Sunday, July 27, 2014

How to Avoid Common Myth-Debunking Mistakes

We've all been involved in some sort of myth-debunking: evolution, climate change, vaccinations, genetically modified organisms, different ways of curing hiccups - all are important hot topics that are surrounded by lies and misinformation. It is pretty hard to hear some of the bat-shittery around these ideas and not fight back - after all, public policy on these and other topics are often dictated by people who buy into conspiracy theories. Also, some of us have little self-control when it comes to tolerating other people's stupidity.

Because for fucks sake, these are not equally-valid sources!!!

The logical way of battling a myth is to address the myth itself. For example:

Your Drunk Uncle at Thanksgiving: "We're pumping poor babies full of mercury before they're even 6 months old!"
Your Drunk Uncle (Sam)
You: "Thimerosal isn't toxic in the low amounts we give in vaccines, they're necessary to preserve vaccines from fungal and bacterial infection, and they've been phased out from the vaccines we give babies anyway. BOOM!"

YDUaT: "Yeah, well vaccines also cause autism! That playboy bunny says so."
You: "The one article that ever showed a link was debunked; that guy was 100% lying. Also please take health advice from your doctor, not a celebrity."

YDUaT: "We don't bother to test whether giving vaccines to babies so fast is a bad thing or not! Nobody looks at this stuff. Poor babies."
You: "Scientists totally test that shit. Also, would you rather your kids got measles and died? You make no sense to me."

Seems pretty self-explanatory: someone tells you about a bullshit theory and you tell them how they're wrong, their minds heal and become better and everyone is happy, right? Yeah, we wish. Unfortunately for you and our country, the mind is a tricksy place. Ask your uncle after your conversation about some vaccination myths, and he'll likely get about 20% of those myths wrong still. Ask him 3 days later he will still retain on average, a belief in about 40% of the myths that he previously asserted. What's even worse is that since he has talked to you, his well-educated niece or nephew about it, he now has a reinforcing valid "source" - you. Oops!

It turns out that addressing the illogical with the logical is actually not that effective for eliminating myths and misconceptions.  In fact, if you try and debunk a myth you can often end up reinforcing it instead simply by talking about it. So what's the best way to convince the Drunk Uncles of the world to join the 21st century, regardless of the topic? Here we lay out the commandments of Myth Debunking, the cardinal rules of how to work around people's crazy to get them to hear the logic of your actual content. These rules are our own, but we've compiled them after reading up on the psychology of bias emergence and attenuation. That's right. We read psychology papers for you mother fuckers, because we love our country. 'MERICA.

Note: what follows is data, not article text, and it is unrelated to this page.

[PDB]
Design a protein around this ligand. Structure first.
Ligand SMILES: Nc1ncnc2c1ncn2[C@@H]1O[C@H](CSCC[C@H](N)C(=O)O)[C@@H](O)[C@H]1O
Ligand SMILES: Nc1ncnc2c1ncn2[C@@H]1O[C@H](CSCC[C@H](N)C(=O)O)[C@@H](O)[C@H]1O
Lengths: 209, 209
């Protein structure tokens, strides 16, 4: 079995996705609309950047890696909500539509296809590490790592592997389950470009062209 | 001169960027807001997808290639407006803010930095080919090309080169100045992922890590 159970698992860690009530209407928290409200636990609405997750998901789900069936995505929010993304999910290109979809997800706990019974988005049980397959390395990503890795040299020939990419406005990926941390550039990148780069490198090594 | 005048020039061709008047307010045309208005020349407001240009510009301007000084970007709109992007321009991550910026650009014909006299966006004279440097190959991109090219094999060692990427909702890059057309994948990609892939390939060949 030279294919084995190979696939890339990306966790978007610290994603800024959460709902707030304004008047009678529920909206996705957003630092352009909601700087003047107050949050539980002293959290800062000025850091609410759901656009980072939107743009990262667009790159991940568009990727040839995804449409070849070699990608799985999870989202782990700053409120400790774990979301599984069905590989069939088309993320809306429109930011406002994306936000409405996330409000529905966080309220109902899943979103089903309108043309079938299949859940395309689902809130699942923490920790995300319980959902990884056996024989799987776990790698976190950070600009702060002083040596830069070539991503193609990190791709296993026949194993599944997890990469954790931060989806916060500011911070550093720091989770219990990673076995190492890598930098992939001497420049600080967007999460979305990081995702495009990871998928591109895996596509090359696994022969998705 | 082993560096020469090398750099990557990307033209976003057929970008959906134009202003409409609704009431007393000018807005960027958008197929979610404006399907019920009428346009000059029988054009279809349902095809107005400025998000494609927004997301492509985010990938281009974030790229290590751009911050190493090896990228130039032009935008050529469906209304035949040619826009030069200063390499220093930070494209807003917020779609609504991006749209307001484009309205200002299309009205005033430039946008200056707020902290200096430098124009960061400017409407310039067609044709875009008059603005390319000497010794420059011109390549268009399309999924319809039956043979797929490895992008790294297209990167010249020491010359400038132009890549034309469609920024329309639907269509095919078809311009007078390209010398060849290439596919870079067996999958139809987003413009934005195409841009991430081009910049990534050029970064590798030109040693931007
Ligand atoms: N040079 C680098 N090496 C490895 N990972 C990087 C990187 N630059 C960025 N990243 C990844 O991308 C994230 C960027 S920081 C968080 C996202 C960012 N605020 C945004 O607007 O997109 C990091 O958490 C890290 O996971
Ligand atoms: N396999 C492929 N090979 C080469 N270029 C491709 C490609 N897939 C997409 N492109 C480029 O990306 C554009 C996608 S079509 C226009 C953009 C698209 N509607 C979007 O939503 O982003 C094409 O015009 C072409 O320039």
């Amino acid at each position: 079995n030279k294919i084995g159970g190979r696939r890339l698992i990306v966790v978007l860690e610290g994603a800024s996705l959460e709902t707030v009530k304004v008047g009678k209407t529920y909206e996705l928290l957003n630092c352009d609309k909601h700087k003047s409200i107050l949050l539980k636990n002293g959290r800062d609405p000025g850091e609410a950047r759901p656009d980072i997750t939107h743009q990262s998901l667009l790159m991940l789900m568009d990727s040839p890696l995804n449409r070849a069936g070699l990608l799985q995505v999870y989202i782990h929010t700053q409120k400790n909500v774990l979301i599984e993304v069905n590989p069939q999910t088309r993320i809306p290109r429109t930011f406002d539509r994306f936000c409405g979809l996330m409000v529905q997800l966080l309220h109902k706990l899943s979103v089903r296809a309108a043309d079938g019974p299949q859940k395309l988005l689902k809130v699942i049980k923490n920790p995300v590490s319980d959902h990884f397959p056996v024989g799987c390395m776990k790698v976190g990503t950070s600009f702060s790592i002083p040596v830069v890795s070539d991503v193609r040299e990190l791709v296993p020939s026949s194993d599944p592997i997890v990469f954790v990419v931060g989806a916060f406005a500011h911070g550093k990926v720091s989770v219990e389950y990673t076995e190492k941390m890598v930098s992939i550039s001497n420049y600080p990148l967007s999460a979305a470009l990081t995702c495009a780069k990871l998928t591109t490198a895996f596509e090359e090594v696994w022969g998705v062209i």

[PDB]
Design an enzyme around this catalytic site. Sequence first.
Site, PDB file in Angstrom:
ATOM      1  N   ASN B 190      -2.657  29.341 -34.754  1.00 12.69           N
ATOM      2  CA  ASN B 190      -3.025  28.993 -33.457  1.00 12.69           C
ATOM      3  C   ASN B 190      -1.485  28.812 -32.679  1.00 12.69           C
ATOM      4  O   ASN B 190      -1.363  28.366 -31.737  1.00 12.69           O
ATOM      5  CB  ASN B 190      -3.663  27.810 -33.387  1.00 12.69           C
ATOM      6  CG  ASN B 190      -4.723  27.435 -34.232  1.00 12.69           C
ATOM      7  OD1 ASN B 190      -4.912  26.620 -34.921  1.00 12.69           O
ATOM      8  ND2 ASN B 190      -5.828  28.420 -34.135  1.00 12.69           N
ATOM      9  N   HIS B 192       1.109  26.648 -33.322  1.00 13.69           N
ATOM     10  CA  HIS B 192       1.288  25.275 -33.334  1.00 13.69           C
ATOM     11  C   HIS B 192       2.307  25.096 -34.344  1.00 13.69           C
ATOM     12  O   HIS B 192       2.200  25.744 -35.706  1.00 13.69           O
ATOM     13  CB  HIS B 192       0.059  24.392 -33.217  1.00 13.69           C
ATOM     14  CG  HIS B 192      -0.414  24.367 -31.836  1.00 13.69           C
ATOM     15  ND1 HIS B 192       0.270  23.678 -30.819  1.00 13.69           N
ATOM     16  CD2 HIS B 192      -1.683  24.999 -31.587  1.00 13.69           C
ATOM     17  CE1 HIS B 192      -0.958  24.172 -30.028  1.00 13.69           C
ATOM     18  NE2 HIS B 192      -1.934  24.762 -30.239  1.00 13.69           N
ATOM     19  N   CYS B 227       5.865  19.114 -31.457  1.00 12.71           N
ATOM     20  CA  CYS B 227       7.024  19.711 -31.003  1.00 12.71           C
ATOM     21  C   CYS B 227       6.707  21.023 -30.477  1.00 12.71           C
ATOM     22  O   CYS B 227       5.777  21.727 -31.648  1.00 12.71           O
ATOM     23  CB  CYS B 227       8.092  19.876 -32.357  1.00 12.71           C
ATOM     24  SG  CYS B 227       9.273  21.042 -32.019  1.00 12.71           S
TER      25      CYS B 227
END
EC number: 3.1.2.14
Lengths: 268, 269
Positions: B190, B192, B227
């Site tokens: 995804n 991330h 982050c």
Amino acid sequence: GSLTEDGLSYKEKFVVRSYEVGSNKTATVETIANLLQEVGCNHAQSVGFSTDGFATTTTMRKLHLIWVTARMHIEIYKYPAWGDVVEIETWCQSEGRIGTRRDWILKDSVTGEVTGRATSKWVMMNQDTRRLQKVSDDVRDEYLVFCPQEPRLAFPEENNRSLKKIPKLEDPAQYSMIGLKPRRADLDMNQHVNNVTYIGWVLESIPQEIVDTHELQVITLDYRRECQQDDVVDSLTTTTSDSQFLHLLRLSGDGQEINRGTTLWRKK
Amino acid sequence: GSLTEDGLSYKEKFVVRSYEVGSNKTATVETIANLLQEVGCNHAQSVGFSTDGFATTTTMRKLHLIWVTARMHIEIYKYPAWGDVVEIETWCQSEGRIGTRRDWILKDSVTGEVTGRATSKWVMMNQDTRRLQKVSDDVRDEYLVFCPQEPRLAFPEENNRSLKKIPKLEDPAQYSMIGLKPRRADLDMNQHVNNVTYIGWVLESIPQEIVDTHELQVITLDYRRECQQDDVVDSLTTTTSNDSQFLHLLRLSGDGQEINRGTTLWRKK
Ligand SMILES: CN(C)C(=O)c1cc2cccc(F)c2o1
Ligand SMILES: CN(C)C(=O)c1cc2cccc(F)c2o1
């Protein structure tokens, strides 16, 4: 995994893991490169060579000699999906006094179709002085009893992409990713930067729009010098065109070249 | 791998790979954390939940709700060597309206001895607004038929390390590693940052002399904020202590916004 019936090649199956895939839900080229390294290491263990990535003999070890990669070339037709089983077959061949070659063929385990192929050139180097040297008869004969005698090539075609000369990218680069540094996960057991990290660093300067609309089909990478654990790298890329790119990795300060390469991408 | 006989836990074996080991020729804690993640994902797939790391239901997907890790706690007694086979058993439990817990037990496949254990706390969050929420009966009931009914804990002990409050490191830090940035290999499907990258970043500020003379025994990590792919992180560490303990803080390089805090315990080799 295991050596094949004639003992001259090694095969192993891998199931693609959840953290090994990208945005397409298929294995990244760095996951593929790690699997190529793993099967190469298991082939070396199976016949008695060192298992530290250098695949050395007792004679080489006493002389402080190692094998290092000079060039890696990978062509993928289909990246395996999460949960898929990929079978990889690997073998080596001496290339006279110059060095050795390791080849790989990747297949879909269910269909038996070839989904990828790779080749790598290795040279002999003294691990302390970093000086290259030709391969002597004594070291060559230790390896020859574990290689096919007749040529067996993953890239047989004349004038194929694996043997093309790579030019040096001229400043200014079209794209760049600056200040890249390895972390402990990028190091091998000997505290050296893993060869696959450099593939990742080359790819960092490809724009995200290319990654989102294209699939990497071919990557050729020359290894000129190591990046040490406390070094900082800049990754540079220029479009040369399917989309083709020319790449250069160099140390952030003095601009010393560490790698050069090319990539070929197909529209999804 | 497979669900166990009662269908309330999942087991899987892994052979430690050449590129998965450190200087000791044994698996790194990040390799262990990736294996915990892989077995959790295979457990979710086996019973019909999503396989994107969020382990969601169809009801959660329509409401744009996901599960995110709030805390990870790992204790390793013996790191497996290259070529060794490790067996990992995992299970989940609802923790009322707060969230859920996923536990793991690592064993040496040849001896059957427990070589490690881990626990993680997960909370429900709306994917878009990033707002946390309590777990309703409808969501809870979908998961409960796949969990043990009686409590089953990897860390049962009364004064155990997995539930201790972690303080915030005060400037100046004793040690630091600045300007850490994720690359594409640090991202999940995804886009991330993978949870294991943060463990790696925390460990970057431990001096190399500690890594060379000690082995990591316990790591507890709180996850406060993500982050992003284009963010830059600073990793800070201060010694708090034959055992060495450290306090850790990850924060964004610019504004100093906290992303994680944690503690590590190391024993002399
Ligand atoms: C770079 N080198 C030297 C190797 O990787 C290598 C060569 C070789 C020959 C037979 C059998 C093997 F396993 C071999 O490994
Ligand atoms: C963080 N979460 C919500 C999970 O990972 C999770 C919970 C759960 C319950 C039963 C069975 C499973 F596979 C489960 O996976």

Sidenote: if you've never googled "the most patriotic picture ever" then you need to.
This picture nearly lost to the Star Spangled Donuts that were further down the page.

Wednesday, July 9, 2014

The Glories of Collections-Based Research

Whenever I (Meaghan) tell other people that I'm a paleontologist, people tend to get really excited and ask one or both of the following two things:

First they ask if I've heard about the newest dinosaur fossil, which I never have but usually can bluff my way through with the sentence "oh right, isn't it the biggest one they've ever found, and it's from some country in South America or Asia or Africa or something?" because 90% of what dinosaur paleontologists in the media do is basically a prolonged, scientific dick-size competition that occurs in a foreign country my American friends consider jungle-ish.

The second thing they ask is if I get to do much field work, to which I throw back my head and cackle maniacally until the happy, excited gleam in their eye fades away and leaves nothing behind but the shallow husk of their dying inner seven-year-old.

Because no, I don't, and it's totally way better that way.

I know - it seems like it doesn't get much better than this right?*

Tuesday, July 1, 2014

Awesome Dead Shit: The Saber Toothed Salmon

Meet Oncorhychus (previously known as Smilodonichthys) rastrosus, the Saber Toothed Salmon:

Hey people of Eugene, see this exhibit in person! Art by Ray Troll
We've mentioned it in passing here and there, featured a blurb about the new Saber Toothed Salmon exhibit at the UO MNCH during our Ray Troll interview, but have we really explained the beauty of this extinct fish? No, no we have not. Let us list the ways: